Cyber Insurance or Cyber Liability Coverage covers a variety of levels of insurance depending on what needs coverage; this includes sections for 1st party and 3rd party liability claims.
First-party liability insurance
This protect your business against the financial impact of a data breach or cyberattack on your company. Essentially it covers damages from covered cyber losses on your own network, and as the policyholder it protects you from potential financial fallout. This coverage covers expenses incurred when your systems or networks are breached and data is stolen. This includes employee and customer information and helps lessen the impact on your company. This could include:
- Legal counsel
- Recovery of lost or stolen data
- Services to notify customers
- Lost income due to business interruption
- Public relations and crisis management
- Cyber extortion and fraud
- Investigative forensic services
- Fees, fines, and penalties
Third-party liability insurance protects you from your clients in instances in which they file a lawsuit following a cyber incident, such as a data breach that is your fault. This coverage covers your business’s legal expenses for your defenses. This also includes:
- Payments to consumers affected
- Related claims and settlement expenses
- Losses related to defamation, copyright, or trademark infringement
- Costs for litigation and any regulatory inquiries
- Accounting costs
Technology errors and omissions insurance, or professional liability insurance, protects your company from your clients if they file a lawsuit following an incident in which your company makes a critical error that financially harms a client. The circumstances in which this coverage is used have a wide range from oversights and mistakes to failure to deliver contracted services and professional negligence. This insurance covers:
- Attorney fees and court costs
- Money to settle lawsuits
- Legal judgments
- Additional court costs
What Does A Cyber Policy for Startups Not Cover?
Similar to many other insurance policies, cyber liability coverage has exclusions. For example, cyber insurance doesn’t cover the following claims:
1. Loss of value due to IP theft
2. Internal technology system upgrades
3. Possible future lost profits
Remember that cyber-related losses can occur with other threats, so it’s vital to know the gaps your insurance policies might create. Lastly, lawsuits routinely involve claims not covered by non-cyber policies, thus launching the idea of “silent cyber,” where some cyber-related incidents aren’t explicitly covered or excluded in traditional insurance policies. It’s worth exploring these gaps with a trusted commercial insurance broker to ensure adequate coverage.
How to Shop for Cyber Insurance for Startups
The cyber insurance market is continually evolving and adapting to the continuously changing threat landscape. This means how coverage is built is different now than it was even just a year ago. And with this, it is important to be aware that not all cyber insurance policies are created equal. If you already have coverage, you’ll want to review it. If not, it’s time.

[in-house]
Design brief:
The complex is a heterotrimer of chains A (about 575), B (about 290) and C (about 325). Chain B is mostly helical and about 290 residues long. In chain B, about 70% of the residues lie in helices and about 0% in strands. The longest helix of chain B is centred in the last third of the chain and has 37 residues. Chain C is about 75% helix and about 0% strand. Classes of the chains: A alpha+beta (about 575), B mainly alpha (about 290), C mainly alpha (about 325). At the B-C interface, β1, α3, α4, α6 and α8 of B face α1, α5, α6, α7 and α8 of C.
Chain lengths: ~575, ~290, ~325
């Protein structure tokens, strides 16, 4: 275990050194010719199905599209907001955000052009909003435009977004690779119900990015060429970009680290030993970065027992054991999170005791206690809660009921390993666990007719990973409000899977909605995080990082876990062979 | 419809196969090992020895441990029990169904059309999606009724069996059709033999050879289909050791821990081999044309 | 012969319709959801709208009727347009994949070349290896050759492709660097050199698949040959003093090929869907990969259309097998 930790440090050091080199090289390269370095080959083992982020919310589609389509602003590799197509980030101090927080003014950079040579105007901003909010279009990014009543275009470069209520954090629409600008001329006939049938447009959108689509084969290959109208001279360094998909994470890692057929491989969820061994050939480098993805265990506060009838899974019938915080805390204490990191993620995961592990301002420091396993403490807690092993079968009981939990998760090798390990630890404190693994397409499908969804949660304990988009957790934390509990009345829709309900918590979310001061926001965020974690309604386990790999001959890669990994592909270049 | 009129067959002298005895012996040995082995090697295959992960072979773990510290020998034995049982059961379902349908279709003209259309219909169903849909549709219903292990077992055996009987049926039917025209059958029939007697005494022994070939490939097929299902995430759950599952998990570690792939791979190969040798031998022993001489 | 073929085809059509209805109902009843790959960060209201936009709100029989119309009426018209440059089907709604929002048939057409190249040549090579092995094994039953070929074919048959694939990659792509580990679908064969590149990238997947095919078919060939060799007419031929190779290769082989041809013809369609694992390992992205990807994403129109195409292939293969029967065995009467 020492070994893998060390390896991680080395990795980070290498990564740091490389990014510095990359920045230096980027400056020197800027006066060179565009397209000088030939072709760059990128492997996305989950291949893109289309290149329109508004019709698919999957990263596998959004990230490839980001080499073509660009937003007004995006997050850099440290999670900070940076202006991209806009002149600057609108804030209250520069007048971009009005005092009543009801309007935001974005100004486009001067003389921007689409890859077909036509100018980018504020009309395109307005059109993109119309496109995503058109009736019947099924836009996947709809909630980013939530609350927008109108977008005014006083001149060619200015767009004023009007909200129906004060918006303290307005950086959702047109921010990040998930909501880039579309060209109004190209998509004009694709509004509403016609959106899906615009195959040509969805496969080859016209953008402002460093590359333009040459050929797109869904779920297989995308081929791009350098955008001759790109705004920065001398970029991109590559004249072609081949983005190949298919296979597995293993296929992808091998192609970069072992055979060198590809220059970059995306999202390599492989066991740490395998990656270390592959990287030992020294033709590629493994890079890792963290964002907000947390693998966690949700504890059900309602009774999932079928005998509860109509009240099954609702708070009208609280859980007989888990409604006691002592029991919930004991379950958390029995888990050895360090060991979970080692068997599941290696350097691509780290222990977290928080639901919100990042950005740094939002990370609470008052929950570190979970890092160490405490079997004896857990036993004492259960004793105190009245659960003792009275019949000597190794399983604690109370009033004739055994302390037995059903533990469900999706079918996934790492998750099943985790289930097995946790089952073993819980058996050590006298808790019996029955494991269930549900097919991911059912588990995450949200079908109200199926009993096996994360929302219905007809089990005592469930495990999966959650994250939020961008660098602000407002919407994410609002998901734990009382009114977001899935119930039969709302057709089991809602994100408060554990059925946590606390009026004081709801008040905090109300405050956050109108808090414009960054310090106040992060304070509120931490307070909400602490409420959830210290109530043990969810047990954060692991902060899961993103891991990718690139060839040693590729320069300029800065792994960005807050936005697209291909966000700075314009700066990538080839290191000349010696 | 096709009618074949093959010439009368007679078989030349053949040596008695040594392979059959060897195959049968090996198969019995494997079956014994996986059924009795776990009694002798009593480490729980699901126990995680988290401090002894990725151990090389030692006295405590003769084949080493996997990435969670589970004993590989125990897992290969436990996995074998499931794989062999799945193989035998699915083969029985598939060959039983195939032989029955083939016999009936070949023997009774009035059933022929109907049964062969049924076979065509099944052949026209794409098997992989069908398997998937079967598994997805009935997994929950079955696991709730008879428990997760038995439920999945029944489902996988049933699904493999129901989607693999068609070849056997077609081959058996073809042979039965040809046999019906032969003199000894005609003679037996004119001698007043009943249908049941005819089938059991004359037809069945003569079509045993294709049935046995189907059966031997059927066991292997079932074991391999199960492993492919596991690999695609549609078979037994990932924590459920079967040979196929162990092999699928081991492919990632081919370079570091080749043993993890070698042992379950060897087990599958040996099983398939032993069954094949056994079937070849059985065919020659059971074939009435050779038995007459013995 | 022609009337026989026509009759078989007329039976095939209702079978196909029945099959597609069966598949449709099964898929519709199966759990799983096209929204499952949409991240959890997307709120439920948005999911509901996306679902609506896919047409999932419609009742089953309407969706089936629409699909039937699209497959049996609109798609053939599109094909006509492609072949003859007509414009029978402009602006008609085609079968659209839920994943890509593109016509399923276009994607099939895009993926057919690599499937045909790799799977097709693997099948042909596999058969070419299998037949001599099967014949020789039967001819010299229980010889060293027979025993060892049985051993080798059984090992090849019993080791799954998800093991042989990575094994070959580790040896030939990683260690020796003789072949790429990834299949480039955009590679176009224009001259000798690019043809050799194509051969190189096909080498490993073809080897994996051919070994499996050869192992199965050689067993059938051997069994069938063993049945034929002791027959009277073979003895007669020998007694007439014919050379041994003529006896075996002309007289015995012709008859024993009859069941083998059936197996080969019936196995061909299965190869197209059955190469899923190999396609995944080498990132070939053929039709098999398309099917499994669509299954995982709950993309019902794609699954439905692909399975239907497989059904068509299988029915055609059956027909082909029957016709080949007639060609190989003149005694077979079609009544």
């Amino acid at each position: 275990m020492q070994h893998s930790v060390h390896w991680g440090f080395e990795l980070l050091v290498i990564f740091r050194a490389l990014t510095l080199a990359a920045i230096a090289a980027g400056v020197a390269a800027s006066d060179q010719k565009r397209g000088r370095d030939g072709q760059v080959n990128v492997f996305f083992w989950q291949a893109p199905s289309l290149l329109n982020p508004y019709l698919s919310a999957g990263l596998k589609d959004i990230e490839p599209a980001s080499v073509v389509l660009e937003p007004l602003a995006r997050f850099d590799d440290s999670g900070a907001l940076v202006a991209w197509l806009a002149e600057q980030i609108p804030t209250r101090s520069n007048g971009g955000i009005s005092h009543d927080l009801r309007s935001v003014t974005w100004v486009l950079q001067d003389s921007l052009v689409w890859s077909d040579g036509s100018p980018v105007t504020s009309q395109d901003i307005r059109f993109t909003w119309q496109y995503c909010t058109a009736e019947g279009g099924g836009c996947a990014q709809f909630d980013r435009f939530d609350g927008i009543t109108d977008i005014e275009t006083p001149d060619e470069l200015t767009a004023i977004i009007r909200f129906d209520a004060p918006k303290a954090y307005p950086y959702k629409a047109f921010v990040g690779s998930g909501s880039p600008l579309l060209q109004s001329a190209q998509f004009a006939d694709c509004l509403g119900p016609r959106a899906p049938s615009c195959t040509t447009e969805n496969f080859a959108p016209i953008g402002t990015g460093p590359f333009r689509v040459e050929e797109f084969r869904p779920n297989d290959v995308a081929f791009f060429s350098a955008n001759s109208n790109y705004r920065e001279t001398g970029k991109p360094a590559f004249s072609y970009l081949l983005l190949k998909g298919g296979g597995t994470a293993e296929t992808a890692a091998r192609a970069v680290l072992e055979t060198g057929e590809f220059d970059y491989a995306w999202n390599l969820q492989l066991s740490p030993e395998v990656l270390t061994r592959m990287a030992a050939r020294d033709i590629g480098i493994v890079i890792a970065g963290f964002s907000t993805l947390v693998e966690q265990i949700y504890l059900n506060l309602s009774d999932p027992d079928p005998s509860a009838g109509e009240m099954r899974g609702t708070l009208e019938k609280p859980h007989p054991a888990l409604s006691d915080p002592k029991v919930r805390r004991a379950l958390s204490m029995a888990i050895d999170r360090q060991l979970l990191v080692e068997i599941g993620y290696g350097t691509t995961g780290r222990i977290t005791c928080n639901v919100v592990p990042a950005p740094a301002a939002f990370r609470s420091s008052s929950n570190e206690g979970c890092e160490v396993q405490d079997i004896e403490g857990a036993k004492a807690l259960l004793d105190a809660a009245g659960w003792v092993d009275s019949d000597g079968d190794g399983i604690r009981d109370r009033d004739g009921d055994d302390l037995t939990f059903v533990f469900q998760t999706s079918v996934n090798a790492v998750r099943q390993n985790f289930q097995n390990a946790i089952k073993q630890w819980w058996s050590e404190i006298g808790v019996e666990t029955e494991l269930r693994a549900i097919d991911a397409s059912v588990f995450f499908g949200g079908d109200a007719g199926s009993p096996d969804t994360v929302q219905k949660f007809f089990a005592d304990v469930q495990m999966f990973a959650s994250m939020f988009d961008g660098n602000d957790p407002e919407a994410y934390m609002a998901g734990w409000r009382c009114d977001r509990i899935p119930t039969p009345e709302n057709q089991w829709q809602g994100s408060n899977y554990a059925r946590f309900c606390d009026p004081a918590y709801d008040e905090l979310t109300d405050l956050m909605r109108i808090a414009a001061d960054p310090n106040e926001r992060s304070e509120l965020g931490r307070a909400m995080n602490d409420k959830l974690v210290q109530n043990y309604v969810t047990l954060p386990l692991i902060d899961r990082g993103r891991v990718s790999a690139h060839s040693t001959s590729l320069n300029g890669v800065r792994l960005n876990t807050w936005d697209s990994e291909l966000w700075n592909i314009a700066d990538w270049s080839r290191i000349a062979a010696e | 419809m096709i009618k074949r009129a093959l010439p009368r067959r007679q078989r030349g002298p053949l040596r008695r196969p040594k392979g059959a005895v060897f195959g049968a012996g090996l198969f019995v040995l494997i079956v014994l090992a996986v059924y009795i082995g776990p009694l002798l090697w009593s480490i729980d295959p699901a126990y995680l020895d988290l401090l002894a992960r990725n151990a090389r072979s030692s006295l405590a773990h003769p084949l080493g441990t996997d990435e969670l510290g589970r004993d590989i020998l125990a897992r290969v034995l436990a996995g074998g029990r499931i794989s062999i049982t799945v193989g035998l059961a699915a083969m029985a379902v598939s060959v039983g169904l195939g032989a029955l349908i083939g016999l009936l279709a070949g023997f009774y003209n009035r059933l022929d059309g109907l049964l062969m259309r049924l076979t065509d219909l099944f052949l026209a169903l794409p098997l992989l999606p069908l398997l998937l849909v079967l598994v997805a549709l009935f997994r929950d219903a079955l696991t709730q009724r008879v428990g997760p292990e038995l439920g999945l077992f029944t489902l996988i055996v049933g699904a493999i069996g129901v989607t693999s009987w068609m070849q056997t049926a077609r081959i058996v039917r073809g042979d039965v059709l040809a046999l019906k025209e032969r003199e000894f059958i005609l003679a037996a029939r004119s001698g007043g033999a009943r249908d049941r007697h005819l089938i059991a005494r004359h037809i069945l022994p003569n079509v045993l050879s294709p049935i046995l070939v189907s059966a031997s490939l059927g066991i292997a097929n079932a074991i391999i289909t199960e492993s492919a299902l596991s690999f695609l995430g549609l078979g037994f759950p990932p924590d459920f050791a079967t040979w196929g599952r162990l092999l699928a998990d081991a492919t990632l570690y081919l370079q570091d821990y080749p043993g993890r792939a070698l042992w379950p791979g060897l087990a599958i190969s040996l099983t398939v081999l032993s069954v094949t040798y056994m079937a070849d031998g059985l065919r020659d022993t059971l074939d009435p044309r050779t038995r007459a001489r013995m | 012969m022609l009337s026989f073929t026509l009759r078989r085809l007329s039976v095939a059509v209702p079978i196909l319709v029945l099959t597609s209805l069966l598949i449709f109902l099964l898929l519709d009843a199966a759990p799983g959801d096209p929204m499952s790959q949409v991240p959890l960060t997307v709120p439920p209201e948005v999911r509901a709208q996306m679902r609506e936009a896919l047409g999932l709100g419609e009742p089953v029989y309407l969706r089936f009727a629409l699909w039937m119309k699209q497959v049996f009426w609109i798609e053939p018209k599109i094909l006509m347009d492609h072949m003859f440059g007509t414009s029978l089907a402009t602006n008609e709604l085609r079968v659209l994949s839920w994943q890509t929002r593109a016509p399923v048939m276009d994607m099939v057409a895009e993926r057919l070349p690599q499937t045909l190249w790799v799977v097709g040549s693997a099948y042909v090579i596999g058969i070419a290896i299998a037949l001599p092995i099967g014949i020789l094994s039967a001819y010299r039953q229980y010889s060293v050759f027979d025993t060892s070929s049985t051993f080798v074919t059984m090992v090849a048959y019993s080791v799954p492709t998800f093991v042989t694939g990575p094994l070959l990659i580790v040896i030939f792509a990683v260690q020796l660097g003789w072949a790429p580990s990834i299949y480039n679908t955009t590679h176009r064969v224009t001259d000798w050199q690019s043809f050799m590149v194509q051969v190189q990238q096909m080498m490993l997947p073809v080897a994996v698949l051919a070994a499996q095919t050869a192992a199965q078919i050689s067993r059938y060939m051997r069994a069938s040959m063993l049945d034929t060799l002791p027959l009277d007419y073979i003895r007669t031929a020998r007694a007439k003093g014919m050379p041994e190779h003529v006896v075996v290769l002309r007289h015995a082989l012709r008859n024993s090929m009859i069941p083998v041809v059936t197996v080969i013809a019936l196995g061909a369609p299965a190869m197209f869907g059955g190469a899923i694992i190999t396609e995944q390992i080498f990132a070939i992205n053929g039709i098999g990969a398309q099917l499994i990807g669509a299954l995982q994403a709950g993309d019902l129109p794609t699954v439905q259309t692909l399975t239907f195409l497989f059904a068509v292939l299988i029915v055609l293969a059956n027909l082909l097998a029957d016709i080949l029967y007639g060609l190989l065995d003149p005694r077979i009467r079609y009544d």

One of the key elements in buying cyber insurance is to purchase it early in establishing your business. Why? The cost of cyber insurance is impacted by various factors, including the number of customers, revenue, payroll, and the types of data you store. So generally, the earlier you purchase your policy, the lower the cost of your coverage.
It is important to understand that while this is true for most startups, there are certain industries that detract from this generality and can experience difficulty in finding the same coverage. This typically affects industries highest at risk for attacks which include finance, manufacturing, energy, and retail, and those that carry higher volumes of sensitive data, such as healthcare and information technology.
Read also: Kaiser Permanente Health Insurance Reviews
Where to Find Cyber Insurance for Startups?
If your startup already has a commercial general liability policy or you have an agent you work with, you will want to start there. If not, here are a few companies and brokers who specialize in cyber insurance.
Vouch – provides coverage to early-stage tech startups and can be purchased online
The Hartford – provides coverage when paired with purchasing a general liability policy
Corvus Insurance – provides higher coverage limits of $5M+
It’s important that when deciding on an agent or broker that you understand their level of experience and familiarity with your industry and businesses like yours. Some important questions to ask include:
– What types of claims have your clients filed?
– What is your familiarity with our industry and its common risks?
– Are your policies flexible to adapt as we grow?
Cost of Cyber Insurance for Startups
As with most commercial insurance policies, the cost of cyber insurance depends on several factors. Following are some of the main points insurance carriers will consider when calculating your premium.
Data: What type of data is being collected, and how much is being collected?
Controls: Sometimes, shareholders think that a funding round might have “watered down” or diluted their stake in the company.
Industry: A payment processor is more likely to be attacked than a cookie store with an online presence and loads of stored customer information.
Customer base: The more customers, the higher the potential severity of a data breach. Suppose the customers are large companies/institutions with deep pockets and a lot to lose. In that case, underwriters will recognize the increased risk of expensive litigation in the event of a data breach with plenty of affected customers.
Revenue: This is the primary factor for determining rate change on renewal
Top 10 Cyber Insurance Startups
Here are top 10 cyber insurance startups and insurtechs, what they offer and how they have performed in the fundraising stakes.
Funding to date: €15mn
French cyber insurtech Stoïk is one of a number of insurtech startups seeking to make cyber insurance more accessible to small and medium-sized enterprises (SMEs). It offers a digital ‘broker platform’ for its partner brokers, which is designed to facilitate the sale of cyber insurance. Stoïk combines that platform with several risk monitoring and cybersecurity tools, including a weekly scan of a company’s IT infrastructure and phishing awareness tools. It was founded in 2021 by a group of young software, insurance and cybersecurity insiders and announced it had raised €11mn in Series A funding last June.